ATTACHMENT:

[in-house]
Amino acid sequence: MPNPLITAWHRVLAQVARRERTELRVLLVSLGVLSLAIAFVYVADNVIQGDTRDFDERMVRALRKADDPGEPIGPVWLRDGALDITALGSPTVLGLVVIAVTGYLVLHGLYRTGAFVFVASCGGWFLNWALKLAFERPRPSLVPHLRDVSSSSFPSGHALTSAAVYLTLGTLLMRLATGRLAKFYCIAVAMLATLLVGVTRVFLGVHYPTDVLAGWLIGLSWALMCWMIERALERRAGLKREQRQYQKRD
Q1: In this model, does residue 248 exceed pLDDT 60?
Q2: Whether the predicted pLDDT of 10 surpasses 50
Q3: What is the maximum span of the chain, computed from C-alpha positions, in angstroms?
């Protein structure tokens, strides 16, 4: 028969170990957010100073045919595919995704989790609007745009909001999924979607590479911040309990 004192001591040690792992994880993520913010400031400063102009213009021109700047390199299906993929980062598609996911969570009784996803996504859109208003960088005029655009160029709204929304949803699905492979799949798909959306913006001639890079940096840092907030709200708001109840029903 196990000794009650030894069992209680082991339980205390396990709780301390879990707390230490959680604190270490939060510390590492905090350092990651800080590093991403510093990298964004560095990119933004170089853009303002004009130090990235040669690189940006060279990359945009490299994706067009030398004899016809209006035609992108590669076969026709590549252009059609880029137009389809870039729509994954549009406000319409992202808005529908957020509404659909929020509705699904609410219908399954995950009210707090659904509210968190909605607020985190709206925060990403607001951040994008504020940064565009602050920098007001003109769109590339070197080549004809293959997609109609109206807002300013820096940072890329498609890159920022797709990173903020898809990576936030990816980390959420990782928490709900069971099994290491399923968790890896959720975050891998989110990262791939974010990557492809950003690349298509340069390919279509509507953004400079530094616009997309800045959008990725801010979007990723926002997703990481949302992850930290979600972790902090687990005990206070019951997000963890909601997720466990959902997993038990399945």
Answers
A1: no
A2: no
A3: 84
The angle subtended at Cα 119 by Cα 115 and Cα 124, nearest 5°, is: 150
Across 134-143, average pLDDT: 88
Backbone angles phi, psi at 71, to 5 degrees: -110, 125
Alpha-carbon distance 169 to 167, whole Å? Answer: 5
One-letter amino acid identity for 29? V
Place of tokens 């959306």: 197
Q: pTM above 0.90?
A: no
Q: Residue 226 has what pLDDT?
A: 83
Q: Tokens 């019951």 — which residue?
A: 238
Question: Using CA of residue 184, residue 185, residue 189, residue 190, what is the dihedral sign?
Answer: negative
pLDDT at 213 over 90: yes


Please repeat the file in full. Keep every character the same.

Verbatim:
[in-house]
Amino acid sequence: MPNPLITAWHRVLAQVARRERTELRVLLVSLGVLSLAIAFVYVADNVIQGDTRDFDERMVRALRKADDPGEPIGPVWLRDGALDITALGSPTVLGLVVIAVTGYLVLHGLYRTGAFVFVASCGGWFLNWALKLAFERPRPSLVPHLRDVSSSSFPSGHALTSAAVYLTLGTLLMRLATGRLAKFYCIAVAMLATLLVGVTRVFLGVHYPTDVLAGWLIGLSWALMCWMIERALERRAGLKREQRQYQKRD
Q1: In this model, does residue 248 exceed pLDDT 60?
Q2: Whether the predicted pLDDT of 10 surpasses 50
Q3: What is the maximum span of the chain, computed from C-alpha positions, in angstroms?
């Protein structure tokens, strides 16, 4: 028969170990957010100073045919595919995704989790609007745009909001999924979607590479911040309990 004192001591040690792992994880993520913010400031400063102009213009021109700047390199299906993929980062598609996911969570009784996803996504859109208003960088005029655009160029709204929304949803699905492979799949798909959306913006001639890079940096840092907030709200708001109840029903 196990000794009650030894069992209680082991339980205390396990709780301390879990707390230490959680604190270490939060510390590492905090350092990651800080590093991403510093990298964004560095990119933004170089853009303002004009130090990235040669690189940006060279990359945009490299994706067009030398004899016809209006035609992108590669076969026709590549252009059609880029137009389809870039729509994954549009406000319409992202808005529908957020509404659909929020509705699904609410219908399954995950009210707090659904509210968190909605607020985190709206925060990403607001951040994008504020940064565009602050920098007001003109769109590339070197080549004809293959997609109609109206807002300013820096940072890329498609890159920022797709990173903020898809990576936030990816980390959420990782928490709900069971099994290491399923968790890896959720975050891998989110990262791939974010990557492809950003690349298509340069390919279509509507953004400079530094616009997309800045959008990725801010979007990723926002997703990481949302992850930290979600972790902090687990005990206070019951997000963890909601997720466990959902997993038990399945």
Answers
A1: no
A2: no
A3: 84
The angle subtended at Cα 119 by Cα 115 and Cα 124, nearest 5°, is: 150
Across 134-143, average pLDDT: 88
Backbone angles phi, psi at 71, to 5 degrees: -110, 125
Alpha-carbon distance 169 to 167, whole Å? Answer: 5
One-letter amino acid identity for 29? V
Place of tokens 């959306």: 197
Q: pTM above 0.90?
A: no
Q: Residue 226 has what pLDDT?
A: 83
Q: Tokens 């019951």 — which residue?
A: 238
Question: Using CA of residue 184, residue 185, residue 189, residue 190, what is the dihedral sign?
Answer: negative
pLDDT at 213 over 90: yes